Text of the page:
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9 best healthy cookbooks

Keep eating well and be inspired to cook with these on your kitchen shelf

Hit the ground running with your health kick by investing in one of these cookbooks ( iStock )

Get those good intentions off to a flying start with a new healthy cookbook for 2019. The new year is a great time to revamp your recipe repertoire, whether you’re looking to lose weight, support a fitness regime or feed the whole family something nutritious. We’ve been on the lookout for sensible advice and easy to follow recipes, alongside beautiful photography.

Dishes needed to be in equal parts delicious, inspiring, yet on the whole, uncomplicated. Before splurging, be sure to consider your lifestyle – if you don’t get home until late every night and are only cooking for one, it’s unlikely you’ll need one containing feasts for a crowd. The last thing you want is for this to sit on the shelf for the next 12 months.

Having said that, there’s no better feeling than cracking the spine of a new cookbook, rolling up your sleeves and coming up with a cracking dish at the end of it. So without further ado, read on for our favourite new healthy cookbook releases to take you through January, and beyond.

You can trust our independent reviews. We may earn commission from some of the retailers, but we never allow this to influence selections, which are formed from real-world testing and expert advice. This revenue helps to fund journalism across The Independent.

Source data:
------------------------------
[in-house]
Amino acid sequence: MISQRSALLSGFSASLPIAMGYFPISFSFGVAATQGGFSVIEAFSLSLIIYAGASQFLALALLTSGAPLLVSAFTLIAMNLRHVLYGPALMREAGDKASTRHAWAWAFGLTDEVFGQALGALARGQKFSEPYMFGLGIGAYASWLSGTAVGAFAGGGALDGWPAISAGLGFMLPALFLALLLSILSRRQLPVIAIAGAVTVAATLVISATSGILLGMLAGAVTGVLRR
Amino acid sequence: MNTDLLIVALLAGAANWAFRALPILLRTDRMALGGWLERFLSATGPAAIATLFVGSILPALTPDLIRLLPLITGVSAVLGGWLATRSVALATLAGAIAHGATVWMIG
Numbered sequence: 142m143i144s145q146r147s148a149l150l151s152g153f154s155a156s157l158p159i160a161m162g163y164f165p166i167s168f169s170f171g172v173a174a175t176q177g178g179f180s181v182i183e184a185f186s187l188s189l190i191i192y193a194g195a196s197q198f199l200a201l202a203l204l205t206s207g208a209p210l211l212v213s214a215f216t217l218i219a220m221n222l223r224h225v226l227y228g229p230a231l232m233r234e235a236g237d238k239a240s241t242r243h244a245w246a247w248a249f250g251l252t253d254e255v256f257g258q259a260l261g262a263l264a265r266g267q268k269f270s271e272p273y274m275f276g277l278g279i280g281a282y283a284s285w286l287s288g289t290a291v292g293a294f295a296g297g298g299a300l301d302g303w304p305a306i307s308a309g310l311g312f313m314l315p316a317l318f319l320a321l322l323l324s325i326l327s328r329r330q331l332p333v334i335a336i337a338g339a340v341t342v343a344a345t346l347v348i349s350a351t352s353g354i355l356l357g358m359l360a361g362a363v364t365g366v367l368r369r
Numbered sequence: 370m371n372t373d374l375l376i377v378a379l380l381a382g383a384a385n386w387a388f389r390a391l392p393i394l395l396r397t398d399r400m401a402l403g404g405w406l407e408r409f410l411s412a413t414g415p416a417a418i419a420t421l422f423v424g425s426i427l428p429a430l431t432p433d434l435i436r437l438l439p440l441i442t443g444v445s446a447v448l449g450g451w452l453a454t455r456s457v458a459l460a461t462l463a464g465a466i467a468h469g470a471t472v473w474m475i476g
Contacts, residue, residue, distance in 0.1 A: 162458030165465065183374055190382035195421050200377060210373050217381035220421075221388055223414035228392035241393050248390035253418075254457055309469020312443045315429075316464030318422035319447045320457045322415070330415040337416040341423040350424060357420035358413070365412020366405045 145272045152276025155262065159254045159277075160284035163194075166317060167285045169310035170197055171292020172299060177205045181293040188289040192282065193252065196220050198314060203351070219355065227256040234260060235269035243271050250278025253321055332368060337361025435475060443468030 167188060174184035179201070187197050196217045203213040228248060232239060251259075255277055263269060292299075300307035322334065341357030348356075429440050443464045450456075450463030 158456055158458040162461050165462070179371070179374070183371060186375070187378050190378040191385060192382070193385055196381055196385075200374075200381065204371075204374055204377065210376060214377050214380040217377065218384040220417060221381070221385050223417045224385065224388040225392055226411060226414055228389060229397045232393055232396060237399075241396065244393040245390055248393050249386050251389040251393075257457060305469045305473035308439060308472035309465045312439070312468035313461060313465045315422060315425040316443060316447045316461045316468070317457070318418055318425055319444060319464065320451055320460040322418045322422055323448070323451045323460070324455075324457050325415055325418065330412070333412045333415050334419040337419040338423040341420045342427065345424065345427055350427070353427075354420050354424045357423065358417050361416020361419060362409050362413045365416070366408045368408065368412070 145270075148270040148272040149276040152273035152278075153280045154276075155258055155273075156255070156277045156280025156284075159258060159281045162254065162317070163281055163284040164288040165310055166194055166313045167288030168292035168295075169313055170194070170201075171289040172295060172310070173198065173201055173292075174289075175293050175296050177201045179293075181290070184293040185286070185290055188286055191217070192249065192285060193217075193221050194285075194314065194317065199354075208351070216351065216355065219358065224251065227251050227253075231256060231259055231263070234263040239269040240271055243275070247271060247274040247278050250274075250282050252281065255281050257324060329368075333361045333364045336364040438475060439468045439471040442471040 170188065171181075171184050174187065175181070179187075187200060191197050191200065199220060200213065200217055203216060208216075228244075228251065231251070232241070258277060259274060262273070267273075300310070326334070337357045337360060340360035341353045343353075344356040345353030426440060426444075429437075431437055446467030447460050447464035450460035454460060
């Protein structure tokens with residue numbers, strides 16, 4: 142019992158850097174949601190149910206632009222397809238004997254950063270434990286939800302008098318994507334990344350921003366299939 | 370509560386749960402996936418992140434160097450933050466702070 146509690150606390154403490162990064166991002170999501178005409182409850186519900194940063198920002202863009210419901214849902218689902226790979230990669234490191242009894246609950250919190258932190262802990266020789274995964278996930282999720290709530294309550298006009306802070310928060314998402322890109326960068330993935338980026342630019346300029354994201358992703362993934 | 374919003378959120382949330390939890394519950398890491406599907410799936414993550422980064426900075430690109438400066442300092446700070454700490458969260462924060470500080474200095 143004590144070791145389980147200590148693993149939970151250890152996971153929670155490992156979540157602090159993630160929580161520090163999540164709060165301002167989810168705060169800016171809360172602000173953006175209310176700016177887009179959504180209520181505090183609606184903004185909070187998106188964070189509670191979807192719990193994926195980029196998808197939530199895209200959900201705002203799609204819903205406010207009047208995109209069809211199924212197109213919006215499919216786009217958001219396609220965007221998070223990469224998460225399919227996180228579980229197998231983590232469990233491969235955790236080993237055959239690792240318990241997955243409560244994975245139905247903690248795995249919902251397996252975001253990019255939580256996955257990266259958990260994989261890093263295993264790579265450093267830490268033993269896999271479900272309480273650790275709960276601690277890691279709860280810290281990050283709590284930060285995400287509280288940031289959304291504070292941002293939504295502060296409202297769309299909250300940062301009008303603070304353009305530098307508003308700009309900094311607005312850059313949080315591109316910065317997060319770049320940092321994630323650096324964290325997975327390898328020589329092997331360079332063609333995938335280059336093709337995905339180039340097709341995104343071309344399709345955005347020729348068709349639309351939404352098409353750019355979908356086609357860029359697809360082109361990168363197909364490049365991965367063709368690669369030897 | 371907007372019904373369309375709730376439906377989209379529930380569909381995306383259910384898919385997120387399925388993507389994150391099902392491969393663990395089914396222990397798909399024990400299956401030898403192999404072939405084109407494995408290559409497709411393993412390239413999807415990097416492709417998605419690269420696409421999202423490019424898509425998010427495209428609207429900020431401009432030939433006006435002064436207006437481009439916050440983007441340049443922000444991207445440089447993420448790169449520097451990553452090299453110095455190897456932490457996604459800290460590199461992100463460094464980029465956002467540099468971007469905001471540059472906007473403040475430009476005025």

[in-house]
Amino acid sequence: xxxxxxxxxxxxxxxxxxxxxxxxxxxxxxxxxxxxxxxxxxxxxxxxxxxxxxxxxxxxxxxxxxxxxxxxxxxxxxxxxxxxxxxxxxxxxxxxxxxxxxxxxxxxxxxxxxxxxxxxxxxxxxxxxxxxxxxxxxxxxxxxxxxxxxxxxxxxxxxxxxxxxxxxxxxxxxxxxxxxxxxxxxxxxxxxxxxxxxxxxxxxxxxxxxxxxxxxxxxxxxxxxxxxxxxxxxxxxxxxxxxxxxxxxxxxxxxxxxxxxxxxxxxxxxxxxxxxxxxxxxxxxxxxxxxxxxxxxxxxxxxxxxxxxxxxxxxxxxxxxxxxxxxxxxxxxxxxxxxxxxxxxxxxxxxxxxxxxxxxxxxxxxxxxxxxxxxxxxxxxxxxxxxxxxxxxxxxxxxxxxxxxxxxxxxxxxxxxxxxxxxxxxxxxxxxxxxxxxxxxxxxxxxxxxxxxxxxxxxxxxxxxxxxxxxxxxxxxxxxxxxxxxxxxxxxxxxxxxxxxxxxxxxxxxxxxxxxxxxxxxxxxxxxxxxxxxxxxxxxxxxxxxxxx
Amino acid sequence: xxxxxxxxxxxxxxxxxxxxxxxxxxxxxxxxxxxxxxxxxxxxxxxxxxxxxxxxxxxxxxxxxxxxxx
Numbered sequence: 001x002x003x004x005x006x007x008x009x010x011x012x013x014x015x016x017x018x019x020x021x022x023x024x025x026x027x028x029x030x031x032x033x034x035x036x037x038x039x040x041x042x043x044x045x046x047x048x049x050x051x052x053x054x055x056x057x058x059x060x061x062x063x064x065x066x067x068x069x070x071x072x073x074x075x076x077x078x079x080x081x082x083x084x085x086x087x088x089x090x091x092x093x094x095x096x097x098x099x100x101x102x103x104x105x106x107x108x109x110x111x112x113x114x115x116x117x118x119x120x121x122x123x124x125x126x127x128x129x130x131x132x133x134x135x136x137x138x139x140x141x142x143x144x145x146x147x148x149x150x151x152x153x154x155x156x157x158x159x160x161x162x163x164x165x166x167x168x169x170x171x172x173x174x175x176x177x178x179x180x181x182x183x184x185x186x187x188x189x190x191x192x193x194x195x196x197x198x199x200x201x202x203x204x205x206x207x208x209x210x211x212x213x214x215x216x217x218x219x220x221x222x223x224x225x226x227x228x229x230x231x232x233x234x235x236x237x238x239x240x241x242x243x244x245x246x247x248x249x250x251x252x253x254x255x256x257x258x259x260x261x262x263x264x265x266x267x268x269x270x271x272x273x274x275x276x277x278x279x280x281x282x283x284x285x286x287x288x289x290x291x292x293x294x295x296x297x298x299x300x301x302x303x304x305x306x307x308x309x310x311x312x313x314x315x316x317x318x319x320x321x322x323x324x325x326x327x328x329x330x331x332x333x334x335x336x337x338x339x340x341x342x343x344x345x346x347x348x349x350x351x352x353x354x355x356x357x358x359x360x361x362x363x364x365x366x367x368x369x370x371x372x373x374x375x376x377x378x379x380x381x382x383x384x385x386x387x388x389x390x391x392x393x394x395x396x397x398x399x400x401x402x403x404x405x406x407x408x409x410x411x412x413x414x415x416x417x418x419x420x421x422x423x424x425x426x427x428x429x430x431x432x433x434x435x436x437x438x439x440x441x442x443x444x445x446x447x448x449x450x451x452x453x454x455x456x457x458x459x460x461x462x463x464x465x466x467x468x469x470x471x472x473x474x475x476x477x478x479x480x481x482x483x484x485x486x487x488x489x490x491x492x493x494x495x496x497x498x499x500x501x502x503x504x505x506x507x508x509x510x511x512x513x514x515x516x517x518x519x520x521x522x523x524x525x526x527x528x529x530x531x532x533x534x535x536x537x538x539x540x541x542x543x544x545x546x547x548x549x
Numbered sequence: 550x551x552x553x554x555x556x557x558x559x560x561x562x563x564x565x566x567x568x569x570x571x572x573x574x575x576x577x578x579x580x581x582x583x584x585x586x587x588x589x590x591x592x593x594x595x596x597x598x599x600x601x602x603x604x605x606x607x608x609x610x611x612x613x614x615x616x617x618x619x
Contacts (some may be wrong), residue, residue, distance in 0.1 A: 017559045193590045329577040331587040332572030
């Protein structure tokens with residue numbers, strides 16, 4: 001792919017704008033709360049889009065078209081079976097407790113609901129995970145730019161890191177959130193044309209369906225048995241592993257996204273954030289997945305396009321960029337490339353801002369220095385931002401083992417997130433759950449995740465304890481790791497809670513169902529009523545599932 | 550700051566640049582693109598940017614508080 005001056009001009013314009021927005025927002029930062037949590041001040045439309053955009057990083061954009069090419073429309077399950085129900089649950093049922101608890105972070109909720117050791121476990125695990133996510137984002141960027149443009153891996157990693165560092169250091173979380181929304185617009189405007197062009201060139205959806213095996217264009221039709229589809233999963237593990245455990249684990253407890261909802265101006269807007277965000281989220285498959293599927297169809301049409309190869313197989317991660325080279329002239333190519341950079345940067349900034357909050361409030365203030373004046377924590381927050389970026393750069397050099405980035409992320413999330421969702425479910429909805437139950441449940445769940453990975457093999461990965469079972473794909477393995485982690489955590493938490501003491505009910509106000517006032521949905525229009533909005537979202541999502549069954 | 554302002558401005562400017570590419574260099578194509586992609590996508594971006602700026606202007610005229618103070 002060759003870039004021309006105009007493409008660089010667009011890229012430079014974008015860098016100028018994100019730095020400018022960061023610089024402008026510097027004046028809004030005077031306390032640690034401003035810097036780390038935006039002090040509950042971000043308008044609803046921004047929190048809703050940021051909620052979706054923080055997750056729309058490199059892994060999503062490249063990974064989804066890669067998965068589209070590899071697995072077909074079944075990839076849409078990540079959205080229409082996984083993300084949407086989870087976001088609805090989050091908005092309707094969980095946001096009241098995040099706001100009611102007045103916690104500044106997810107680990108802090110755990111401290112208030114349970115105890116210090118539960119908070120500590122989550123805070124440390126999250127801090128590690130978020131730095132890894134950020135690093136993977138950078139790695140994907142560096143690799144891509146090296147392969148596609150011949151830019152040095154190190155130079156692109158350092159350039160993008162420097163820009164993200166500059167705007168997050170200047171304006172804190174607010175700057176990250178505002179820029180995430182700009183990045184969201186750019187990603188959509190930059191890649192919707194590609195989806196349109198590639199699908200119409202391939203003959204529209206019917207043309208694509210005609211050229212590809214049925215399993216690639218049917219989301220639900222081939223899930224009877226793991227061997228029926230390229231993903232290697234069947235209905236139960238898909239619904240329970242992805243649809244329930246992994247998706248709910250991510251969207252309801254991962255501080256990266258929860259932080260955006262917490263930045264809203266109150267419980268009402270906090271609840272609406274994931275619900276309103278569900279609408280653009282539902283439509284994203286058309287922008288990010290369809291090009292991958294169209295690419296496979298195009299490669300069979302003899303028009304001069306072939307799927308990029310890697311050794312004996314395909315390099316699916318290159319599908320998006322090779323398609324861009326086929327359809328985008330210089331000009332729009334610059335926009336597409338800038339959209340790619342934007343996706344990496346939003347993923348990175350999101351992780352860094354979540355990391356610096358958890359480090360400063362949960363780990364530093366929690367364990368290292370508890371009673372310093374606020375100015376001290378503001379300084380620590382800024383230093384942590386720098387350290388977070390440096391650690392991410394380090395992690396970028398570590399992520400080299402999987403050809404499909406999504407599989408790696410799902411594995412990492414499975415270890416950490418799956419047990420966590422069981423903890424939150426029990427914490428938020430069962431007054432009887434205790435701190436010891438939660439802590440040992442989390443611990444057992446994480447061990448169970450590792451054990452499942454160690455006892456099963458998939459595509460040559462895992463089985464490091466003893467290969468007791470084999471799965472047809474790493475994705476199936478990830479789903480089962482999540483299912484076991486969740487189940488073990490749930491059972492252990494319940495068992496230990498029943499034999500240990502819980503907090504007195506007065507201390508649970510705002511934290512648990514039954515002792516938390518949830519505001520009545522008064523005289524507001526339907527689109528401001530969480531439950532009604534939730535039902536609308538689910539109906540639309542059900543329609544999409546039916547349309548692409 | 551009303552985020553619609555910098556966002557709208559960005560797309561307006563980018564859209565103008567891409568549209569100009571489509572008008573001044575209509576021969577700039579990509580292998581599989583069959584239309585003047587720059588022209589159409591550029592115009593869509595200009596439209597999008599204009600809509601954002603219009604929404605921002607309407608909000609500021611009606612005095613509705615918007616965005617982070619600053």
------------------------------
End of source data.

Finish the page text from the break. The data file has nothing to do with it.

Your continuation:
Tom Kerridge’s Fresh Start: £7.99, Amazon

Michelin star chef Tom Kerridge has had a well-documented weight loss journey and since changing his old habits, has lost a hugely inspiring 12 stone. Now, following on from his books Lose Weight For Good and The Dopamine Diet is Fresh Start, a book encouraging us to get back in the kitchen and ditch our reliance on ready meals.

The book accompanies a BBC series of the same name where he aims to give even the most basic cook the confidence to create everyday homemade food. Helpful sections include veggie suppers, batch cooking and weekend feasts, so there’s something for every occasion. We can’t wait to make the Asian-style griddled squid salad, crab mayo on griddled sourdough and corn cakes with Mexican beans – although perhaps not all at once.

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Veggie Lean in 15 by Joe Wicks: £8.49, WHSmith

Although Joe still eats meat himself, this book came about as a result of becoming more aware of the impact his food choices make on his health and the environment. Like many of us, that means a shift to eating more plant-based food. He also talks about the need to reduce our plastic consumption when shopping.